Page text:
Anyway, last week, the State Department in response to inquiries about the purported McGurk emails has the following:

MS. NULAND: Well, first of all, on the subject of the emails, they’re out there for everybody to see. I’m not going to get into emails between Mr. McGurk and the woman who subsequently became his wife. With regard to Mr. McGurk’s nomination, I think you know that he spent the better part of the last decade serving our country in and out of Iraq, working for a Republican administration, a Democratic administration. He is, in our view, uniquely qualified to serve as our ambassador, and we urge the Senate to act quickly on his nomination.

Uniquely qualified? Waaaaait a minute – wasn’t that the same thing they told FSOs when they did the prime candidate exercise? Everyone who received the letter were told they were “uniquely qualified” to serve in Iraq. Even an FSO who has done all consular work and no Arabic, was “uniquely qualified” to be a political officer somewhere in Baghdad. FSO ended up going on a volunteer assignment (also known apparently as “voluntold”).  But did FSO’s boss who had political officer experience and Arabic language, who’s never been to Iraq, also get the “uniquely qualified” notice to go to Iraq?  We don’t know but boss reportedly got stuck at a desk in Foggy Bottom with a mighty glue.

Over at The Common Ills blog, a transcript of some of the Q&A during the confirmation hearing last Wednesday was posted.  Mr. McGurk’s comment is so full of shiny cliché that we thought it could stand some improvement if we turn it into freestyle rap, or could also work as a chant. The full text of this segment of Mr. McGurk’s comment is posted here.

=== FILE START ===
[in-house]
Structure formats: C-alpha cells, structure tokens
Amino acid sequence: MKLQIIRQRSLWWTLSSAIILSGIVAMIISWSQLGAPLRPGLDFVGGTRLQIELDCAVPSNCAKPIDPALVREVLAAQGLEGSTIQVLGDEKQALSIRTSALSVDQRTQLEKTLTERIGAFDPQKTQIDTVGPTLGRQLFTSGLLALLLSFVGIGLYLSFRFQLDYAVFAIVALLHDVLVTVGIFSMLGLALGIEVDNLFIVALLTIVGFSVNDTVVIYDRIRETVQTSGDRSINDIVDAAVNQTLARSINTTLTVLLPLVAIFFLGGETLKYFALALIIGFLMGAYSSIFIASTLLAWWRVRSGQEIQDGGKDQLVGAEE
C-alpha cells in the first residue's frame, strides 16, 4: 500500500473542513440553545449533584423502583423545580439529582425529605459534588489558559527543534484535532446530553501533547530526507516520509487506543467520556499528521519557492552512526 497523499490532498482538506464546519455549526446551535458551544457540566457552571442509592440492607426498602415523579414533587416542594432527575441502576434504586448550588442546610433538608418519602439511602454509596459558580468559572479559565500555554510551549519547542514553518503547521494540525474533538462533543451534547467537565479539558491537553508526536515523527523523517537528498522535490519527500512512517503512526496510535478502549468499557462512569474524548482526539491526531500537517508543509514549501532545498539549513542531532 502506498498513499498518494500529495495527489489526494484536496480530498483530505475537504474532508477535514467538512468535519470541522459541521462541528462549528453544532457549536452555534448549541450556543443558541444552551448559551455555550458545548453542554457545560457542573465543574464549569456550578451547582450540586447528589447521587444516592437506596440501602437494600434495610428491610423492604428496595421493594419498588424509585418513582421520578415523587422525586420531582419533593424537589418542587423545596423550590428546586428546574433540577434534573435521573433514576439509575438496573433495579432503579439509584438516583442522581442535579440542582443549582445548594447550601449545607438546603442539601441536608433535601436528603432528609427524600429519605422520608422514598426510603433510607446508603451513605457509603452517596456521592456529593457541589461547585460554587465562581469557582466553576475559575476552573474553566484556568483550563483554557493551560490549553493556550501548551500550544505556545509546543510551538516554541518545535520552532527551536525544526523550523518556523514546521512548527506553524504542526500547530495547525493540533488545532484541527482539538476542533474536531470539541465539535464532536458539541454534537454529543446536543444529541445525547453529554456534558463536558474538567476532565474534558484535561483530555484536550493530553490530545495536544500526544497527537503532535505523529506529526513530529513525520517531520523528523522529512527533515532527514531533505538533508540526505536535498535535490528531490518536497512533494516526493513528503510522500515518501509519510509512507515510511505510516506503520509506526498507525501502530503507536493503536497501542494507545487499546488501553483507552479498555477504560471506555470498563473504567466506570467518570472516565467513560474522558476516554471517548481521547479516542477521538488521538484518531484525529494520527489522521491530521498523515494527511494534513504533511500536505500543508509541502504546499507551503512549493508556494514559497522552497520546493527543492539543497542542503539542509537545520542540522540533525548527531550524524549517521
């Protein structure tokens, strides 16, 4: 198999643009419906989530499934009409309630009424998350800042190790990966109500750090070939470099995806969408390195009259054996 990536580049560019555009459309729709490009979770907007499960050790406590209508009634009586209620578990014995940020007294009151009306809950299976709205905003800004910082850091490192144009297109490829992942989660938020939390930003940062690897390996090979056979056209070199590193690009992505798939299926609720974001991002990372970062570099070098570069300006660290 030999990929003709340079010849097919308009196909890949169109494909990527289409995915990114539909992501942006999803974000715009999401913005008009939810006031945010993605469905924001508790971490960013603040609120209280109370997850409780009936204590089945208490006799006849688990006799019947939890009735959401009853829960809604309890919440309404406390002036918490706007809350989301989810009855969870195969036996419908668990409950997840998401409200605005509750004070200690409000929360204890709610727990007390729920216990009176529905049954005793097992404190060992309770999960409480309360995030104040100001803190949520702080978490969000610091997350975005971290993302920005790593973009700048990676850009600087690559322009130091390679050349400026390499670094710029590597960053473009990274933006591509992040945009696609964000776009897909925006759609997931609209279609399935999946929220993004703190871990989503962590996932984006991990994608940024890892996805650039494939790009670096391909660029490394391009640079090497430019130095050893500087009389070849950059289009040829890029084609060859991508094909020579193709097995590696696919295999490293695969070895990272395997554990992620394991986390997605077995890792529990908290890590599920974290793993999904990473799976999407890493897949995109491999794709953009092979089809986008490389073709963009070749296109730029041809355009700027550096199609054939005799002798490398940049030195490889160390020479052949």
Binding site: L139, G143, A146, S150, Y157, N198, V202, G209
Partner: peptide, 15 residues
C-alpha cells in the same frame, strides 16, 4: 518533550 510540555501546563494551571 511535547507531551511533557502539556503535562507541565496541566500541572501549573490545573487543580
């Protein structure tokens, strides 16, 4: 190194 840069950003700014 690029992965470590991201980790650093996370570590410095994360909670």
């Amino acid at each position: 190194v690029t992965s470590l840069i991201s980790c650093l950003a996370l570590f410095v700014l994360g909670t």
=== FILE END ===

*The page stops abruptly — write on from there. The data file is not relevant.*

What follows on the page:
*

Leadership of the embassy starts at home
At the embassy  
I’ve served with all five of our prior ambassadors to Iraq
I’ve seen every permentation of the embassy from the very beginning to where it is today  
I have learned and seen and been involved with what it takes to lead in Iraq

*

And to lead in Iraq
you need a really  fingertip understanding
of the operational tempo in Iraq
of what it’s like day-to-day
of knowing when something is a crisis
and when it’s not
managing morale and keeping people focused on the goals 

*

It also takes a team  
I’d be inheriting a team of extraordinary talent and depth at the embassy  
I’ve been fortunate to have worked with every member of the country team in Iraq  
That team encorporates  individuals from across the government
just a whole government approach